For those looking for a quick introduction to laying out Graphical User Interface components using Java’s Swing technology, this guide may prove helpful. (But probably not.)
Swing Components all have a few common properties that affect how they are laid out on the GUI. These are:
alignmentX and alignmentY do nothing whatsoever.
maximumSize sets the largest size the component can be when rendered, unless the Layout Manager feels like messing with you.
minimumSize sets the smallest size the component can be, although this only holds when Venus is in Capricorn.
preferredSize sets the exact size that a component will try to be, provided you have entered the secret unlock codes which are known only to Larry Ellison and the Illuminati.
Swing components are arranged inside their parent panels by Layout Managers. Many layout managers are available to achieve certain common layouts. They include:
FlowLayout arranges components in a straight horizontal line, hiding any that it can’t be bothered to display because your box was too small for them.
BoxLayout places all components in either a horizontal or vertical line, expanding to fit them all, but resizing the child components for the lulz.
BorderLayout places components on the top, left, bottom or right-hand side of the panel. If you place two on the same side, they duel to the death until only one survives.
GridLayout arranges components in a grid with fixed size cells. If the component in one of the cells happens to be huge for some reason (e.g. you did not enter the Illuminati secret unlock code), your entire parent panel expands until it consumes the universe.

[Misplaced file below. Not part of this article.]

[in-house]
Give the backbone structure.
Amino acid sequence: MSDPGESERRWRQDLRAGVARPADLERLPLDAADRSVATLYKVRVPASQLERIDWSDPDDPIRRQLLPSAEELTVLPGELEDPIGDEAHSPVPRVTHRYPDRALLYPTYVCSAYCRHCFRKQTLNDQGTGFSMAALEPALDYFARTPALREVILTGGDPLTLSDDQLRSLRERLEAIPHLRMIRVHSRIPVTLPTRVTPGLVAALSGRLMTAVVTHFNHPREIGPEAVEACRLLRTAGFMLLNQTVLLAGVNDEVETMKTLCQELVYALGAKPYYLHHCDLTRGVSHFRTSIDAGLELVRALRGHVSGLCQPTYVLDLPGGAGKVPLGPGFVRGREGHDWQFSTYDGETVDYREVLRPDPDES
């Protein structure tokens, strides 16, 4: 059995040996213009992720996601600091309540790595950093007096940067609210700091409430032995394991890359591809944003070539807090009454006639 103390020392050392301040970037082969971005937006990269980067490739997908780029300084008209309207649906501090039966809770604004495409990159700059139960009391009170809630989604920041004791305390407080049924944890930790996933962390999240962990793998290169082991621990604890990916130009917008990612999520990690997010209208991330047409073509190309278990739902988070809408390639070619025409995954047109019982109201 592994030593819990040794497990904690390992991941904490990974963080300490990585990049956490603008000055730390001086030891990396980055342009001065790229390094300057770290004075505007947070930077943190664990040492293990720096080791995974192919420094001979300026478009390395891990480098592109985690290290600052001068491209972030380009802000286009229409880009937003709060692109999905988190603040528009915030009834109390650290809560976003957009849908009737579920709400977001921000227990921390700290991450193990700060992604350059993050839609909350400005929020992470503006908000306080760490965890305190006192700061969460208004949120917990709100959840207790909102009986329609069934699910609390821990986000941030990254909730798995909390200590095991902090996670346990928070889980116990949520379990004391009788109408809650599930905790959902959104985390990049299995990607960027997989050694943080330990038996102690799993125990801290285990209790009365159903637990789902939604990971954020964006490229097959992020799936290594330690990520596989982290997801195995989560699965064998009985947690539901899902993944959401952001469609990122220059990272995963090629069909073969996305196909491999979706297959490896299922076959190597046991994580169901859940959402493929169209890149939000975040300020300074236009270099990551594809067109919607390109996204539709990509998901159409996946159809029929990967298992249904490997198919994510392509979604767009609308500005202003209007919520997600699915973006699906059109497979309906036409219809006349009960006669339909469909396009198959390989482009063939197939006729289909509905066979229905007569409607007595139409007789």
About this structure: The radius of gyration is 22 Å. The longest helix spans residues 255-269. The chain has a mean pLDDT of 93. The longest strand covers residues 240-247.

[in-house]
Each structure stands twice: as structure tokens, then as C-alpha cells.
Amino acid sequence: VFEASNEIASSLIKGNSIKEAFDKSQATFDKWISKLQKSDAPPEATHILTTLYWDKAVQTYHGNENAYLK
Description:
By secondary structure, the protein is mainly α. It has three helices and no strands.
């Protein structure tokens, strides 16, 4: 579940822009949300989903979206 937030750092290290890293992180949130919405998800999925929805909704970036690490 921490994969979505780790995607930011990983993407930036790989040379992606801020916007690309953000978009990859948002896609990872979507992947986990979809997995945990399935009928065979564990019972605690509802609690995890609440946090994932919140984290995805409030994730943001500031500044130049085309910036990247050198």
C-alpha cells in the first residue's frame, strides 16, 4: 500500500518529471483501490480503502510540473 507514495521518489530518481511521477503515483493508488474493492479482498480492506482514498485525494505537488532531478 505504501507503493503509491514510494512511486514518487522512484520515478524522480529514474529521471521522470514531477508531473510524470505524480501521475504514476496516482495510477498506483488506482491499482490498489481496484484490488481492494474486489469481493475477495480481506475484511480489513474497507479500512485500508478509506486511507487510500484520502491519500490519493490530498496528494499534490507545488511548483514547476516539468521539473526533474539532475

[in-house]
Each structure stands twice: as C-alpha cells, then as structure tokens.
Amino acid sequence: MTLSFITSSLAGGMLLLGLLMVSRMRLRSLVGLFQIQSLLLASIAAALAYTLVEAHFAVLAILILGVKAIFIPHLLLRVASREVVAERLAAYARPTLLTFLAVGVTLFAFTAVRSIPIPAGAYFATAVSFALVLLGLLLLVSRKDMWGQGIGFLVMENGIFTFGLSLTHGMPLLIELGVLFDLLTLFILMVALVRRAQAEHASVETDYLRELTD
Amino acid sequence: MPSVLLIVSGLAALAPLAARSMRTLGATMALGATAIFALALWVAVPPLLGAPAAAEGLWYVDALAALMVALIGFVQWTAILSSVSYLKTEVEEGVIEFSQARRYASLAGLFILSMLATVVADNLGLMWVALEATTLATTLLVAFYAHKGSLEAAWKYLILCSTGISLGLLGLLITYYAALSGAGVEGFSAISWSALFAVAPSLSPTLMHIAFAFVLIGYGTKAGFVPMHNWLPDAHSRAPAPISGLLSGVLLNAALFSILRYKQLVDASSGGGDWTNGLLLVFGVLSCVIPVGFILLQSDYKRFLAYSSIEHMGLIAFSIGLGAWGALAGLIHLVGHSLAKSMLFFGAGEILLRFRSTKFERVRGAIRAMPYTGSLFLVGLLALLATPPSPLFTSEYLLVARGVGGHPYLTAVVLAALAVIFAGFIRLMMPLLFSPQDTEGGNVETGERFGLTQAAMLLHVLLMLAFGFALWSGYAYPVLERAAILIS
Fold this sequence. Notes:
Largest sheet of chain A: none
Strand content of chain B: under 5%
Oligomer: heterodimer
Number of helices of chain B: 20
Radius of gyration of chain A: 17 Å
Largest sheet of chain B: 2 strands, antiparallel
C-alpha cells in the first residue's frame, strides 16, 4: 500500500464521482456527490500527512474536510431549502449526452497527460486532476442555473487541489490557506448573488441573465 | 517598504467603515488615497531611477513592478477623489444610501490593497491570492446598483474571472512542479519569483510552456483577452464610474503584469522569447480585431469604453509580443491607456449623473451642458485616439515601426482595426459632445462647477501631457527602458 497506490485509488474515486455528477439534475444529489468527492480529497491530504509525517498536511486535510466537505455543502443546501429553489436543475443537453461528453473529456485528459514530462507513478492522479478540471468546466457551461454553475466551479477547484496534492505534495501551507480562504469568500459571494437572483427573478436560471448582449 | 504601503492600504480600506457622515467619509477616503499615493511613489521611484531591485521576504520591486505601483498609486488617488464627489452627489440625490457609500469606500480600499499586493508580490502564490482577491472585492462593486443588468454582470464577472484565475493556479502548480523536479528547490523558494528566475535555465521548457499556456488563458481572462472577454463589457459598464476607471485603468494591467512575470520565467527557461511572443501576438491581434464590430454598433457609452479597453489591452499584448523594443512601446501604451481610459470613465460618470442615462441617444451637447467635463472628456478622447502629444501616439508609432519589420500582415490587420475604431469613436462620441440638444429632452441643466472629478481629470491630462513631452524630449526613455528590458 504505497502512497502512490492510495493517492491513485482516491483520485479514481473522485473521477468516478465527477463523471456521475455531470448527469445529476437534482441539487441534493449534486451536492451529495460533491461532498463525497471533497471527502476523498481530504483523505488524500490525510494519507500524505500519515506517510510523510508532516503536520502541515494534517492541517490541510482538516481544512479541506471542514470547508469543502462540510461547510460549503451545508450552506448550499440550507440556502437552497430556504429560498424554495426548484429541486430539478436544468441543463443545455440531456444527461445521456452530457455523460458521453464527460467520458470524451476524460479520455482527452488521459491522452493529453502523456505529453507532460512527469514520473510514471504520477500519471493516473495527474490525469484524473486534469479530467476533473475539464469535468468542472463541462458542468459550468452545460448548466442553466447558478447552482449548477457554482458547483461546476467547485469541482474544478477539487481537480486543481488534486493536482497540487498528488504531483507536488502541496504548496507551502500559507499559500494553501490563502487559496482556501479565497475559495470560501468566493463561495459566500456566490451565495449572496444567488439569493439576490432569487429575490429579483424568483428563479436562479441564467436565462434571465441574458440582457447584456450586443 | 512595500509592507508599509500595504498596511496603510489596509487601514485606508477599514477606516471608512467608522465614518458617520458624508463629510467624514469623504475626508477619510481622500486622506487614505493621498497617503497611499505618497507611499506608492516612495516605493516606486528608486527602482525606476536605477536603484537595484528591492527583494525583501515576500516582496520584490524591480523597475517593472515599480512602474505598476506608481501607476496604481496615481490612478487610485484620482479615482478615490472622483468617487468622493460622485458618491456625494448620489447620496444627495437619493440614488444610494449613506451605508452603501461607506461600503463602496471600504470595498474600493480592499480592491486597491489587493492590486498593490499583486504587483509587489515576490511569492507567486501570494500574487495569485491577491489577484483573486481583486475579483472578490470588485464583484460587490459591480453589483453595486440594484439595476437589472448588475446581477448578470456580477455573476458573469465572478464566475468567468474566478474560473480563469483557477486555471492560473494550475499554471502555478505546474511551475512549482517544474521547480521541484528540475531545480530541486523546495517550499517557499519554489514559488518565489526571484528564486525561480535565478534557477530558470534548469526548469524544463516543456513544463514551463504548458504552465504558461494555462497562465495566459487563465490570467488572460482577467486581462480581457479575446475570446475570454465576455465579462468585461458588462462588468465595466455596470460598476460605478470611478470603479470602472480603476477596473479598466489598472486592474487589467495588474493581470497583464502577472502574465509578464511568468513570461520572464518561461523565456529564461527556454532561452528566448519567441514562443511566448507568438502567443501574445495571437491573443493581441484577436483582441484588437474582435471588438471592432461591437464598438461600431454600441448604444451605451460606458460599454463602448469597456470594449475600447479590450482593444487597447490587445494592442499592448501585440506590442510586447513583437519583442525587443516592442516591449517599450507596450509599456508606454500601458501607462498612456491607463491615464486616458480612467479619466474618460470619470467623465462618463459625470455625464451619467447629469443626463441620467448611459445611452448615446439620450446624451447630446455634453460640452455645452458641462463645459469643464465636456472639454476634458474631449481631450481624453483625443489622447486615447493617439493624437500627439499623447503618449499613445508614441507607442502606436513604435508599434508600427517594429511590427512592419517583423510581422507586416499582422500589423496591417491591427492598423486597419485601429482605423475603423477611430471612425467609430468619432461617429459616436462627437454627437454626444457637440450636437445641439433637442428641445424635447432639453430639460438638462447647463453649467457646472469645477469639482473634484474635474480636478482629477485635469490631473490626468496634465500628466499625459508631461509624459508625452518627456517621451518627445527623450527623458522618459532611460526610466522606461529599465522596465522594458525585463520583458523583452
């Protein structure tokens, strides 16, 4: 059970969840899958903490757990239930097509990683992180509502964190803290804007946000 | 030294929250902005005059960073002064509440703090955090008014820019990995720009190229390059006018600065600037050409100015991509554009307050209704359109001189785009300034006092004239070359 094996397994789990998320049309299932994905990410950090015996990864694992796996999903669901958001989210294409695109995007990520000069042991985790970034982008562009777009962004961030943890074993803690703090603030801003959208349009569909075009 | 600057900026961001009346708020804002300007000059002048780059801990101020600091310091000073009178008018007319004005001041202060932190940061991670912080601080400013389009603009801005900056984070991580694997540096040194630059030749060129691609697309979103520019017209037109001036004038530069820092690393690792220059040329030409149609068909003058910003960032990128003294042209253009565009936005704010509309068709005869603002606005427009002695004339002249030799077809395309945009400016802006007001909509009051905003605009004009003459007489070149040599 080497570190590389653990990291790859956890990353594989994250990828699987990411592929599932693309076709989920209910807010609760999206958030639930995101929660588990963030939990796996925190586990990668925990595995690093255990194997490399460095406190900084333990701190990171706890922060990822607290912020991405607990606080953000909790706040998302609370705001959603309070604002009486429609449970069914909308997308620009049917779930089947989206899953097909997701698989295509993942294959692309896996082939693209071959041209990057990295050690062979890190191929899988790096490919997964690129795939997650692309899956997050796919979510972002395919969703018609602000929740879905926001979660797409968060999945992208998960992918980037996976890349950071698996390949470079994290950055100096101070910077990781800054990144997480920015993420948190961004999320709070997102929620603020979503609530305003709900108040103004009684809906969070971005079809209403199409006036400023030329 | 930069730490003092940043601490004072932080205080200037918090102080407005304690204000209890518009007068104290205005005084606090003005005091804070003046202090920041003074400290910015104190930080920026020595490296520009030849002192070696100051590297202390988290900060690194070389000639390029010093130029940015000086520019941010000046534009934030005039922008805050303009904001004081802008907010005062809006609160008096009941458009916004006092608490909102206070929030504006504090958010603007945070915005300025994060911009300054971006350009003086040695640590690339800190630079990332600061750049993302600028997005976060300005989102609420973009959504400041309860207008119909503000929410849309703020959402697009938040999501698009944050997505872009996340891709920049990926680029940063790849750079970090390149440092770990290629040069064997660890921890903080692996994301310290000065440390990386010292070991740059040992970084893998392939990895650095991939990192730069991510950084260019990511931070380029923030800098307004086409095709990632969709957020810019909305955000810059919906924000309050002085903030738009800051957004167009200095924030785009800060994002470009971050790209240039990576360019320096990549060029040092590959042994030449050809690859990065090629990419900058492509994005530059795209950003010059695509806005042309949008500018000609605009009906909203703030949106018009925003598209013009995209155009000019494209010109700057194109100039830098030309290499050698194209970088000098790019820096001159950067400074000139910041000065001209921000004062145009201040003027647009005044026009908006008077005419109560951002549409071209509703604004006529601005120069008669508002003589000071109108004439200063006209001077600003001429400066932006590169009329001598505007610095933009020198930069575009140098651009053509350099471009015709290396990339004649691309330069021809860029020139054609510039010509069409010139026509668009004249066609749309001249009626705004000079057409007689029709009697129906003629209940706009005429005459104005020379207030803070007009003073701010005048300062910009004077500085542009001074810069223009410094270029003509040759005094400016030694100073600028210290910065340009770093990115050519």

GridBagLayout represents the eternal influence of the Outer Gods in the affairs of man. Ï̷̫̥̣͈ͯ̌a̱̮̼̣̞͇̬͚ͧ́̉̆ͭͭ͜I̻̝̰̟͕̖͎ͦ̏ͫ̀͗̋͢ã̶̧̭͚͖ͤ͑́̎ͩͅ!̙͉͙̫̋̋͠ ̹͓̝̹͙͉̲͉̰́̽̐̈ͭ͆̎!̛̘̖̺̺̦̙ͦ͗̂͗̈͊͝ f̦̬̲͇̥̗̙̬͆ͦͦ̀̒̕G̸̩̹̞̫̈ͨ͒͆͞r̶̤͆̋i̴̮͖̦̙̤͈̗͍̎͛ḑ̗̰̘̔ͥ͆͢B̻͇͎̣̰͓̀̇͒ͬ̈́͂ͣ̚͠͠ä̲̮̰͚̬͑̎́g̷̲͔̬͓̙̙̑̂ͧ͢L̶̛͍͎̝̲͐̃a̴͈̤̖͚̠̼̳̺̬͊ͥ̕͡ẏ̶̹̃̌͛̀ǒ̴̙̜̭͖̆͆ͮ̀ͫ͌ͤ͠u̶̥͈̝̱̺͖̔̿͗̊ͦ̒̋ͩ́t͖̤̻̥̟̻̻̹̞̻̎͒̅͂͗͑̽̎ͩ̇̇̔̉̌̃ ̵͕̘̬̳͆̒̈́ͭͦ̚͠’̷̘̔͋ͦ͂͝t͍͉͒̄ͨ̓ͧ̋̀h̲̣̜̱̳̝ͣ̓ą̶̸̜͎̝̹̭̹͒̐̄͊ͯ̐g̯̹̔̍ͦ͡n̩͚̞͆͌ͬ̐!̞̪͎͙̼͇͌͊̌
I hope that helps.
BoxLayout is my go-to for swing. Don't touch the others with a barge pole, unless you want something really simple, then go for FlowLayout until it breaks.
A lot of them seem to assume that they can ask for a size up front and then not recalibrate if you grow the size of a component later.
Also, see Box.createHorizontalGlue() and Box.createVerticalGlue() to make BoxLayout sit down and shut up
Whoa, how did I go this far without knowing about the Box class? That looks really handy!
GridBagLayout is my bitch. I used to do things with that class that would make the Mask of Winters weep with the confusion and horror of it all.
But yes, really, download http://www.miglayout.com/ and never look back.
I'm sure I'll find this very useful when I'm sober in the morning.
It is unsurprisingly javaified. First you must appease the machine spirit with the invocaition "Public Static Void Main!"
I suppose it could be worse, I could be trying to do layout in css. Who the fuck though floats were a sensible way to implement a proper design grid?
MiG Layout does look handy, and would save the possible pain of porting the whole thing to SWT.
CSS is also similar levels of evil, I could quite happily do a companion post to this about the madness of laying out components on websites :)
I have discovered a wonderful list of Java exception descriptions, in a similar vein to this post: